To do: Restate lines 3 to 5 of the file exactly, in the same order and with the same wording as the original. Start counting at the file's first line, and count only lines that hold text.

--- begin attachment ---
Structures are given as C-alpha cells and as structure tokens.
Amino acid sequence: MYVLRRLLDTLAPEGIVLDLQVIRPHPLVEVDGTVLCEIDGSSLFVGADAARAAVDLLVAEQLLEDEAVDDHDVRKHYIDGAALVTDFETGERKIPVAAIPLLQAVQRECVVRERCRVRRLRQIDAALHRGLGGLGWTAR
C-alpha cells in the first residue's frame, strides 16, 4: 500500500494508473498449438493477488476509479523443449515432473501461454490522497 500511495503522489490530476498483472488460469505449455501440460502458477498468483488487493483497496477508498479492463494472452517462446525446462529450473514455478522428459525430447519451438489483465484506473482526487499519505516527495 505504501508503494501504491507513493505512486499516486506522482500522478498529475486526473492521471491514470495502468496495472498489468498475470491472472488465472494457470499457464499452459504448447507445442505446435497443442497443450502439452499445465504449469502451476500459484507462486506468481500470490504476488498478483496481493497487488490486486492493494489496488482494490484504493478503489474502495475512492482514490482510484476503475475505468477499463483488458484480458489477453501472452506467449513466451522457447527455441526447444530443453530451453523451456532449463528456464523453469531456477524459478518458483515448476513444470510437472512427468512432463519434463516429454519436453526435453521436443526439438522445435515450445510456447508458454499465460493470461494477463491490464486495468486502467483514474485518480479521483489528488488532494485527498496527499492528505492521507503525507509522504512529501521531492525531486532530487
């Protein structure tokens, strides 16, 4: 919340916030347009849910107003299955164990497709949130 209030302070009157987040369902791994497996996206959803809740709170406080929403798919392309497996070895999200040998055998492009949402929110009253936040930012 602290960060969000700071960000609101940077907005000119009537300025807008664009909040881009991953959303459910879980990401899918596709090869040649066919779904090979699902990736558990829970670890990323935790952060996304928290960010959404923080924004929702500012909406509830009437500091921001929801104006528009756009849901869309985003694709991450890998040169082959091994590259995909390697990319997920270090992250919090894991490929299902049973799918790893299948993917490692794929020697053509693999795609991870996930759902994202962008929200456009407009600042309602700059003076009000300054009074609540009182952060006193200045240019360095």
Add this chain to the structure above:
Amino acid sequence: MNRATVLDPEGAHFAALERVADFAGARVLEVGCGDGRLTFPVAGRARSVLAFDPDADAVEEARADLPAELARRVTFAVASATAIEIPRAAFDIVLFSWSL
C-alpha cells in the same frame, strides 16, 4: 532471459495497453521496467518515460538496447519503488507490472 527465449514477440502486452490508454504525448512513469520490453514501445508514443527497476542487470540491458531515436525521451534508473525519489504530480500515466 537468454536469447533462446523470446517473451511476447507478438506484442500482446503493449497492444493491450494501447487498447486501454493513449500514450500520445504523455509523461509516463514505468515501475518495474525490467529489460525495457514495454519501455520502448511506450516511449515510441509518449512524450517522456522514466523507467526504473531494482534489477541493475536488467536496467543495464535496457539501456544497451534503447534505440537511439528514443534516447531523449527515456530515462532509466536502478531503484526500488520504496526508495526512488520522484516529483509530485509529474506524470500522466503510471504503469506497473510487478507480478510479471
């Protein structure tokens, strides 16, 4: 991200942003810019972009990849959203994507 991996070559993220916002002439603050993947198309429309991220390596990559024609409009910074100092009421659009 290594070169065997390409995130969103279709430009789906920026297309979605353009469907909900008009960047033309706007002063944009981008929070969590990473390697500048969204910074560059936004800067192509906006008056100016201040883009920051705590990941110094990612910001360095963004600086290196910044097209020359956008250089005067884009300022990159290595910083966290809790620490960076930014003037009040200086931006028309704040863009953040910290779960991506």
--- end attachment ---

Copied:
C-alpha cells in the first residue's frame, strides 16, 4: 500500500494508473498449438493477488476509479523443449515432473501461454490522497 500511495503522489490530476498483472488460469505449455501440460502458477498468483488487493483497496477508498479492463494472452517462446525446462529450473514455478522428459525430447519451438489483465484506473482526487499519505516527495 505504501508503494501504491507513493505512486499516486506522482500522478498529475486526473492521471491514470495502468496495472498489468498475470491472472488465472494457470499457464499452459504448447507445442505446435497443442497443450502439452499445465504449469502451476500459484507462486506468481500470490504476488498478483496481493497487488490486486492493494489496488482494490484504493478503489474502495475512492482514490482510484476503475475505468477499463483488458484480458489477453501472452506467449513466451522457447527455441526447444530443453530451453523451456532449463528456464523453469531456477524459478518458483515448476513444470510437472512427468512432463519434463516429454519436453526435453521436443526439438522445435515450445510456447508458454499465460493470461494477463491490464486495468486502467483514474485518480479521483489528488488532494485527498496527499492528505492521507503525507509522504512529501521531492525531486532530487
């Protein structure tokens, strides 16, 4: 919340916030347009849910107003299955164990497709949130 209030302070009157987040369902791994497996996206959803809740709170406080929403798919392309497996070895999200040998055998492009949402929110009253936040930012 602290960060969000700071960000609101940077907005000119009537300025807008664009909040881009991953959303459910879980990401899918596709090869040649066919779904090979699902990736558990829970670890990323935790952060996304928290960010959404923080924004929702500012909406509830009437500091921001929801104006528009756009849901869309985003694709991450890998040169082959091994590259995909390697990319997920270090992250919090894991490929299902049973799918790893299948993917490692794929020697053509693999795609991870996930759902994202962008929200456009407009600042309602700059003076009000300054009074609540009182952060006193200045240019360095």
Add this chain to the structure above: